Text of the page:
Anyway, I think, for what it's worth, if you try altering your approach a bit, and clarify some of the steps, and have fun doing it, your dog will catch on! If you still see no improvement, find a trainer who can help.
Hey, first of all thank you for your insight.
You suggested not using a long line for now. You also suggested for a formalized "fetch". So how is that going to work out if I have no way of bringing him into me so he understands what the game is all about?
Thanks again.
 

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Like Roscoe above had mentioned, Ivan Balabanov's "Chase and Catch 2.0" is excellent, the "Possession Game" video is awesome as well. You will find a lot of your answers in those two videos.

There are many reasons why a dog doesn't want to play with his handler, a dog that doesn't have a clear understanding of how to win is one of them.

A video of your actual play session would help.
 

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Discussion Starter · #12 ·
Like Roscoe above had mentioned, Ivan Balabanov's "Chase and Catch 2.0" is excellent, the "Possession Game" video is awesome as well. You will find a lot of your answers in those two videos.

There are many reasons why a dog doesn't want to play with his handler, a dog that doesn't have a clear understanding of how to win is one of them.

A video of your actual play session would help.
Hey San, I just bought "Possession Games" by Ivan and I have to tell, after the first time watching the entire video you guys are absolutely right. Game changer. Worth every cent! Thanks for the reply.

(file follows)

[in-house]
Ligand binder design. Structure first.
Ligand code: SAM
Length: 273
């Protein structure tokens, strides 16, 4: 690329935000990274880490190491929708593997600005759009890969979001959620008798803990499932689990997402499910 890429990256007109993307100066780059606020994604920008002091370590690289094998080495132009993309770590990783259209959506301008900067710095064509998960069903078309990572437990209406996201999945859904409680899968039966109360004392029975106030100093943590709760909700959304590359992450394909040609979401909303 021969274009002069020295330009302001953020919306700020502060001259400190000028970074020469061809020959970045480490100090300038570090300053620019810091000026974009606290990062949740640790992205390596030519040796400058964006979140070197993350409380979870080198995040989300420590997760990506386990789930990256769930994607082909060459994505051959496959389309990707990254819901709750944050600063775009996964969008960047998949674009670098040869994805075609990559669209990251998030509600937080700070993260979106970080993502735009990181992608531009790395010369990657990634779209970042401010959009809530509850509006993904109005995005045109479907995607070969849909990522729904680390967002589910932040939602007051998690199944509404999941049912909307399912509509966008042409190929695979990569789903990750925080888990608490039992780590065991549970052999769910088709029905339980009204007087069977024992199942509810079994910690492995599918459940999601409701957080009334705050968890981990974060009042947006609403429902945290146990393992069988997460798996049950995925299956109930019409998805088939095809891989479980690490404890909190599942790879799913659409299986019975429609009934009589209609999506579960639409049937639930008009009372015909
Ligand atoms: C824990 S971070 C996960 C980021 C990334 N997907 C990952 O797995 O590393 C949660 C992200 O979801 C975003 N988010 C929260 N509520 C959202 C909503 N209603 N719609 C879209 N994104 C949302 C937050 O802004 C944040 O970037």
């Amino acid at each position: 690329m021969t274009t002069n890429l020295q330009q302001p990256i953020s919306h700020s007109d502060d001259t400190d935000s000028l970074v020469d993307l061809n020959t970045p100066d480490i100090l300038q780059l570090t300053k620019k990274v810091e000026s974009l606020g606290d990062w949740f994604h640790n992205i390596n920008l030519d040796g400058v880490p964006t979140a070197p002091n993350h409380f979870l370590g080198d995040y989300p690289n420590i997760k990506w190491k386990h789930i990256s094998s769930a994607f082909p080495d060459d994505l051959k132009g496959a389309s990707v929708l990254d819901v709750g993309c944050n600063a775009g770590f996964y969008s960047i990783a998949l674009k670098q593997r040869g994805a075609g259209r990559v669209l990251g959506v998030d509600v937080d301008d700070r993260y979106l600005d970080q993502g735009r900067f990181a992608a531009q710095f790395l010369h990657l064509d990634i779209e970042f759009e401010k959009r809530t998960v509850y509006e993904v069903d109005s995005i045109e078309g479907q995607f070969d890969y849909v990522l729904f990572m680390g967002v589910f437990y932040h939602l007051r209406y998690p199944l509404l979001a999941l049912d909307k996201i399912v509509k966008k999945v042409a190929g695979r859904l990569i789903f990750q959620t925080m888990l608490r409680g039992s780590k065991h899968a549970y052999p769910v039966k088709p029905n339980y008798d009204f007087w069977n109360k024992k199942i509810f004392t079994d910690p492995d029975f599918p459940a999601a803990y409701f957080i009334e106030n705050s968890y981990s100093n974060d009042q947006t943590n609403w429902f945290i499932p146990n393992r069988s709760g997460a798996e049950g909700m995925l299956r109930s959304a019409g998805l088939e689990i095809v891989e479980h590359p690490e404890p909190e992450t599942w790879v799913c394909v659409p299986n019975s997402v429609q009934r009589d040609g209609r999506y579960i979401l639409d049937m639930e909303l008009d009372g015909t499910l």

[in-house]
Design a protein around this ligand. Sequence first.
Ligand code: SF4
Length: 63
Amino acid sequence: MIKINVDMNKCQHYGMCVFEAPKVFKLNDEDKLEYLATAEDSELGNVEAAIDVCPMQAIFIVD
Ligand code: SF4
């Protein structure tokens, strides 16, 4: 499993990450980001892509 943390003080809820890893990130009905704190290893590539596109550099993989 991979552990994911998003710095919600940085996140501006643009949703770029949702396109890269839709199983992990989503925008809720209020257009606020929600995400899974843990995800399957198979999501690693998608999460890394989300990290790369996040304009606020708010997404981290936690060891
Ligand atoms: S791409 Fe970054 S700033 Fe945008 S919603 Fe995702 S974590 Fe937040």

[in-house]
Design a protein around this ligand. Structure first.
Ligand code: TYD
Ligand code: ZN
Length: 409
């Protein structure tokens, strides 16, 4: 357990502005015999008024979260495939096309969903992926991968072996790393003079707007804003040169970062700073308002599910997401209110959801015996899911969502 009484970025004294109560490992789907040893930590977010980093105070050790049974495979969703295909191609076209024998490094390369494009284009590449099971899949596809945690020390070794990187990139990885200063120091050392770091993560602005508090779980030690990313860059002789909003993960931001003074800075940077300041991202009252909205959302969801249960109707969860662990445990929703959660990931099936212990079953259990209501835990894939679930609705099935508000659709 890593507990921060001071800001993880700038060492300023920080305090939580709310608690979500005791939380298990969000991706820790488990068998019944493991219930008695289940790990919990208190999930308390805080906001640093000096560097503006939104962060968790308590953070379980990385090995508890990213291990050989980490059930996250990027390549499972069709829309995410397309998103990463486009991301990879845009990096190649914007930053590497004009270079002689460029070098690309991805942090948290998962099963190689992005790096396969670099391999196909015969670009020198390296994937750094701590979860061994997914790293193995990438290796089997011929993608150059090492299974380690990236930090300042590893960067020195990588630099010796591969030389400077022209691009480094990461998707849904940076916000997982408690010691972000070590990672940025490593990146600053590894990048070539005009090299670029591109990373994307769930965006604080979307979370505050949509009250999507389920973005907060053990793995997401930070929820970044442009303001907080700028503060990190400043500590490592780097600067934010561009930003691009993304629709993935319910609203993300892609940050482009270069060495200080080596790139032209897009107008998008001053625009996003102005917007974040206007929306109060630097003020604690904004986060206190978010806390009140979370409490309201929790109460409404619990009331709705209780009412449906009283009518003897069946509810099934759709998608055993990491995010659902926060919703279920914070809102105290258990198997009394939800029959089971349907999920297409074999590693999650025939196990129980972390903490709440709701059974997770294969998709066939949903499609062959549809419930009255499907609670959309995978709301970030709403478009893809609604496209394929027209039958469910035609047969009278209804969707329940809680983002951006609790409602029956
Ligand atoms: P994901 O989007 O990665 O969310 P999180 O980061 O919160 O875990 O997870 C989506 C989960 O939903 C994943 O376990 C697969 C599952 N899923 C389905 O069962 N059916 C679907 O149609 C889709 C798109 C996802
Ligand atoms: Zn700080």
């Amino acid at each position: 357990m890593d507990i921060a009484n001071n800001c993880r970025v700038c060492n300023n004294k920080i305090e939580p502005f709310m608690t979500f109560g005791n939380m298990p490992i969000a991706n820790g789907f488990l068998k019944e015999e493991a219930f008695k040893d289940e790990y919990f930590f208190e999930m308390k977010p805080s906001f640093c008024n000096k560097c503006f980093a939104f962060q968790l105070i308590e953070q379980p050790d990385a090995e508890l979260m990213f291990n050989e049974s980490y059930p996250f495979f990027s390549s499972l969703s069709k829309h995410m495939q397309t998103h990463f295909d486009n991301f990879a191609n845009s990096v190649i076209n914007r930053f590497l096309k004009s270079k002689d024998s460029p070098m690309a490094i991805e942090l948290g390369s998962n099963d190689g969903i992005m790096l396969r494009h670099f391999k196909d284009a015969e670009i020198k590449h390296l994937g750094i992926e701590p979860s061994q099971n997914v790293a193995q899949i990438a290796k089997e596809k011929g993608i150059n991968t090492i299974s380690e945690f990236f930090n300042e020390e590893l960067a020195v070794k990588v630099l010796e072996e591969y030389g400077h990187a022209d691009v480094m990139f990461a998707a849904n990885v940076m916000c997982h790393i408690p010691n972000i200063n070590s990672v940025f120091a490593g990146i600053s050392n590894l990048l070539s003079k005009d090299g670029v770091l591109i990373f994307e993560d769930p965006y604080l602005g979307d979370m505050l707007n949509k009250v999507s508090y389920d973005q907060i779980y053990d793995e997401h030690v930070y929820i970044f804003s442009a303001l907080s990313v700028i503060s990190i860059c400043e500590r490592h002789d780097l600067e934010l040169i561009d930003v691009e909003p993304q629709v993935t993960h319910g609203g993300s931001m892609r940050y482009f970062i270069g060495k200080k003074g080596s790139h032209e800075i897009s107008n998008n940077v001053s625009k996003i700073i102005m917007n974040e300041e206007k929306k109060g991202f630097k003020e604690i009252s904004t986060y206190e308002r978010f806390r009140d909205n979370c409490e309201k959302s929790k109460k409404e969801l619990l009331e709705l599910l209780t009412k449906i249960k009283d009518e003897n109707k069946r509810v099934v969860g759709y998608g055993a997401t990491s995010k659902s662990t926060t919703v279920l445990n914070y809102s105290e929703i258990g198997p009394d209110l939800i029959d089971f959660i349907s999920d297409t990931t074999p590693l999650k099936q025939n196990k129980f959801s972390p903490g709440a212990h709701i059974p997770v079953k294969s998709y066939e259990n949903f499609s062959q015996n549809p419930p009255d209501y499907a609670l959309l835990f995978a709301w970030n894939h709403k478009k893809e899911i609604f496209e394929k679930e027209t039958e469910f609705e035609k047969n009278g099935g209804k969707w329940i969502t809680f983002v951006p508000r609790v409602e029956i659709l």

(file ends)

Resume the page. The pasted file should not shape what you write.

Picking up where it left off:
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Hey San, I just bought "Possession Games" by Ivan and I have to tell, after the first time watching the entire video you guys are absolutely right. Game changer. Worth every cent! Thanks for the reply.
So, did Ivan's possession games video give you all the help you need, of should I still answer your question? I'm betting he covered the process in detail, but I haven't seen it so I don't know for sure.
 

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Discussion Starter · #14 ·
So, did Ivan's possession games video give you all the help you need, of should I still answer your question? I'm betting he covered the process in detail, but I haven't seen it so I don't know for sure.
I only watched it once and the play session after was already much better. Will watch a second time today. In summary my dog does not understand the objective of the game(like you said in your previous comment) and I must teach him and that's where the video comes in handy. He does cover play sessions in detail and shows footage of him playing so I found out my body language was not correct as well.
 

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It is amazing how much they read from our body language. I watched videos of myself and I was self conscience and awkward in my timing and positioning. Over time I made small changes and got the zen of movements. Games come much easier and fluid now.

Another trainer I like, for simple laid back games and training, is the Collared Scholar.
 

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Dogs LOVE keep away and to be chased. It's not all about fetch for them.
No big deal
ha, totally agree. Bernie loves playing ball, and sometimes he retrieves the ball (and gets a treat) and sometimes he just blows right past me, taunting me to chase him into his bed, where he ultimately deposits all of his toys. And he's a retriever, allegedly. But I play along, and he's happy - so no foul here.